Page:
For child support periods where the parent's original tax assessment was lodged on time (as required under income tax legislation), the child support assessment will be amended from the beginning of the relevant child support period if any of the following applies:

  • the parent applied for the amendment to their tax assessment within the relevant lodgement timeframe under income tax legislation for that year of income,
  • the parent applied for the amendment to their tax assessment within 28 days of receiving the previous tax assessment notice,
  • the parent applied for the amendment to their tax assessment within 28 days of becoming aware of an error in the previous tax assessment and the reason for not taking earlier action to correct the error was due to circumstances beyond the parent's knowledge or control, or
  • the Registrar is satisfied that special circumstances exist.

Example 1: The ATO issues a tax assessment for Max of $38,000 that starts a new child support period. The ATO then identifies what it believes to be an error and amends Max's taxable income to $45,000. When the Registrar receives notification of Max's higher taxable income, the higher taxable income of $45,000 replaces his original taxable income of $38,000 from the beginning of the child support period. Max lodges an objection to the amendment with the ATO within 28 days of receiving notice of the amended tax assessment. The ATO allows Max's objection and issues another amended tax assessment of $38,000. When the Registrar receives notification of Max's new amended taxable income of $38,000, it is applied to the child support assessment from the beginning of the child support period because Max took action to amend the previous tax assessment within 28 days of receiving notice of the previous tax assessment.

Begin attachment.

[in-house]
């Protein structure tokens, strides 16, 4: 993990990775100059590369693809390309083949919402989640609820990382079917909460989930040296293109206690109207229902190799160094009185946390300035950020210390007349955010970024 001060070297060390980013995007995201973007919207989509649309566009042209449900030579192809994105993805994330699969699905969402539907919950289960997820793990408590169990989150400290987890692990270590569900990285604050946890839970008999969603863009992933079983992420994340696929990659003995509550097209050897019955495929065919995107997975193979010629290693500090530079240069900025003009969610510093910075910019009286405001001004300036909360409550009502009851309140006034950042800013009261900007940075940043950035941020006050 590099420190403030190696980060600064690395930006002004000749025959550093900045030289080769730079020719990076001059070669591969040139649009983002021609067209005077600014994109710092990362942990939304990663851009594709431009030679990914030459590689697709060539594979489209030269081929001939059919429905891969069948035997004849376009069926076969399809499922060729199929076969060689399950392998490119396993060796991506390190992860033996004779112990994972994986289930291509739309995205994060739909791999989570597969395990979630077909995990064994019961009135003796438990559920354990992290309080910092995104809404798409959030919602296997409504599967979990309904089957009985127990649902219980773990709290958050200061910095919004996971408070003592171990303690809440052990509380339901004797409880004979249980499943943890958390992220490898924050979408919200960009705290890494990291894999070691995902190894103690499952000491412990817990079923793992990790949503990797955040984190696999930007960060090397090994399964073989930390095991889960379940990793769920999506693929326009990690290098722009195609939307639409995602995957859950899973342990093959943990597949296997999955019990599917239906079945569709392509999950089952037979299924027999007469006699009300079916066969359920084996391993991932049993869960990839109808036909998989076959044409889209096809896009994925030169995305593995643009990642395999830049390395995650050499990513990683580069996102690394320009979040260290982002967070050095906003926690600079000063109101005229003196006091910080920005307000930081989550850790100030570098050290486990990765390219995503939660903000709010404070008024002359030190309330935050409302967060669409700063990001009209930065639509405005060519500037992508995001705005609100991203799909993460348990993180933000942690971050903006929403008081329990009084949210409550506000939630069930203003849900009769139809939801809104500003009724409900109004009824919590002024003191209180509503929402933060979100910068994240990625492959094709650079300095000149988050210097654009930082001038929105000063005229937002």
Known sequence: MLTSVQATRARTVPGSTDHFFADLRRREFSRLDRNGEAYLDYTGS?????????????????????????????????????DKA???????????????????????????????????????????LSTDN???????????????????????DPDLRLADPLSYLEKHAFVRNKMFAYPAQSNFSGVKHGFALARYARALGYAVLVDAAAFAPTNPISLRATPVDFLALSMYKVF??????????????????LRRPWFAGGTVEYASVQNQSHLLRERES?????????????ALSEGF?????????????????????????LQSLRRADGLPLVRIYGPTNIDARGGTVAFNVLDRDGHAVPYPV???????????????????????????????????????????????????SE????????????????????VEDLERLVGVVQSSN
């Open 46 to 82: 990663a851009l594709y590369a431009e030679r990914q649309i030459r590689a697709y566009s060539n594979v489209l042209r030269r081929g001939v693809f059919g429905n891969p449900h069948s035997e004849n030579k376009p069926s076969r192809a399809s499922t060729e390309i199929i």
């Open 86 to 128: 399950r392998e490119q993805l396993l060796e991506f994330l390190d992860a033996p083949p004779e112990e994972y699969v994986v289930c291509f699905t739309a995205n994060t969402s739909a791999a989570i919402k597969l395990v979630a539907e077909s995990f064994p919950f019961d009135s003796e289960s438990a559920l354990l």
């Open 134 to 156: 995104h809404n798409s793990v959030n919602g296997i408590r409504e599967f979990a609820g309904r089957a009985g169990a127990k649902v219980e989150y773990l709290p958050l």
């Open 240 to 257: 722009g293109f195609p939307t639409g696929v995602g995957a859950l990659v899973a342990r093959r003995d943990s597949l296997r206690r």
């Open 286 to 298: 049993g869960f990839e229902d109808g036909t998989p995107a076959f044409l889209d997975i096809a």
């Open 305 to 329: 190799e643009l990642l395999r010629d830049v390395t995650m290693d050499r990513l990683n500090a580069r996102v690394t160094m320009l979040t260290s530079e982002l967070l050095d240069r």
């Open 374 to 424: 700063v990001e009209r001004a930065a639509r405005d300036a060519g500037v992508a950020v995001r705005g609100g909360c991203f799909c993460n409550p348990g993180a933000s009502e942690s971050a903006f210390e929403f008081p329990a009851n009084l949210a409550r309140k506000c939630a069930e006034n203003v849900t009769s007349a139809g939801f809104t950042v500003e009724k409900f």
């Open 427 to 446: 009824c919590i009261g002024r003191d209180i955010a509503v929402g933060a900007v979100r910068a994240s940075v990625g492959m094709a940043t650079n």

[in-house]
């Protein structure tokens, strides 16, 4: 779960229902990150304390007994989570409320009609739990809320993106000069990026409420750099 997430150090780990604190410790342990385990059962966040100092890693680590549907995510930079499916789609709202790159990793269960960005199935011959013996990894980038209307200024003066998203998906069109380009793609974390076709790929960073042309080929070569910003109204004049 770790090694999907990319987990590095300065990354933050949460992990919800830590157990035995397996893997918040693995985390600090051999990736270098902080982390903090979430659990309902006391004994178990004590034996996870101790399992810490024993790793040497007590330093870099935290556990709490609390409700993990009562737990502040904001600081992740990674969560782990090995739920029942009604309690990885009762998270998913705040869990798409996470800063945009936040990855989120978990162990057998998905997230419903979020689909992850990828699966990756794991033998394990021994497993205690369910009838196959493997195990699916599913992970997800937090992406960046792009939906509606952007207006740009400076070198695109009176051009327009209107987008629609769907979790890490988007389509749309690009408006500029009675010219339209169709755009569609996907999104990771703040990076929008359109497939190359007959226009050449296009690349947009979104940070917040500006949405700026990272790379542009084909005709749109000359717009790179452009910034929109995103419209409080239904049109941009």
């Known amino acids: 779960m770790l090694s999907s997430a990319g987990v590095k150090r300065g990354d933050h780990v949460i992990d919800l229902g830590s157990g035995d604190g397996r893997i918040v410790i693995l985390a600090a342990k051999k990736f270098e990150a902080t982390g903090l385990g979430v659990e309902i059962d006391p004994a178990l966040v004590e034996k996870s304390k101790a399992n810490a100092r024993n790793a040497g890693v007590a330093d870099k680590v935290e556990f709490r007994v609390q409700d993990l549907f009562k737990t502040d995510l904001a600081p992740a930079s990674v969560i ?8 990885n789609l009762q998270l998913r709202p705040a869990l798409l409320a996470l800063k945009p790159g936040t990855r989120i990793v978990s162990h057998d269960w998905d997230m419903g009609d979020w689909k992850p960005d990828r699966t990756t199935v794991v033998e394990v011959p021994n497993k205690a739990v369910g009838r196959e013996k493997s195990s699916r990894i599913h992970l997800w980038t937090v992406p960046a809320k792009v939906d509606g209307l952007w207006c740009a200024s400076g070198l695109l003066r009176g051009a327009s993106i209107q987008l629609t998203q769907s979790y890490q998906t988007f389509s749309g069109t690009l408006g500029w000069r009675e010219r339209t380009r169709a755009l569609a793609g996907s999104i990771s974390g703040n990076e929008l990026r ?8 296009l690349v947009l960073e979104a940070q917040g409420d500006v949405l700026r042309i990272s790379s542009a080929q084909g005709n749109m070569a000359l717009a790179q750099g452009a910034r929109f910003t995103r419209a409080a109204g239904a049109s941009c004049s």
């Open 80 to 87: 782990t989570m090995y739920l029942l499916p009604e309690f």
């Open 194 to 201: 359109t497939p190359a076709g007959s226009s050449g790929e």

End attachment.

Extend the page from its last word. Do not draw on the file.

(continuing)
Circumstances beyond the parent's knowledge or control include situations where the parent relied on incorrect advice when preparing their tax return, or where a third party, such as their employer, tax agent or the ATO, made an error which resulted in an incorrect tax assessment. The parent may not be aware of the error when their tax assessment issues, but as long as they apply to the ATO for an amendment within 28 days of being notified or otherwise becoming aware of the error, they will satisfy this condition.

Example 2: In addition to a small wage from a part-time job, Adrian receives a non-taxable disability support pension. Adrian receives help with his tax return from a volunteer, who accidently includes his tax-free pension as taxable income. As a result of Adrian's tax assessment, his child support payments increase. Adrian seeks further information from DHS about the increase in his child support payments and subsequently identifies the error in his tax assessment. Adrian gets help to lodge an amendment to his tax assessment and does so more than 28 days after the original tax assessment was lodged, but within 28 days of becoming aware of the error. The Registrar is satisfied that the circumstances that prevented Adrian from becoming aware of the error in his original tax assessment within 28 days of receiving it were beyond his knowledge and control, and that Adrian took action to correct the tax assessment within 28 days of becoming aware of the error. The Registrar amends the child support assessment to reflect the lower amended tax assessment from the beginning of the child support period.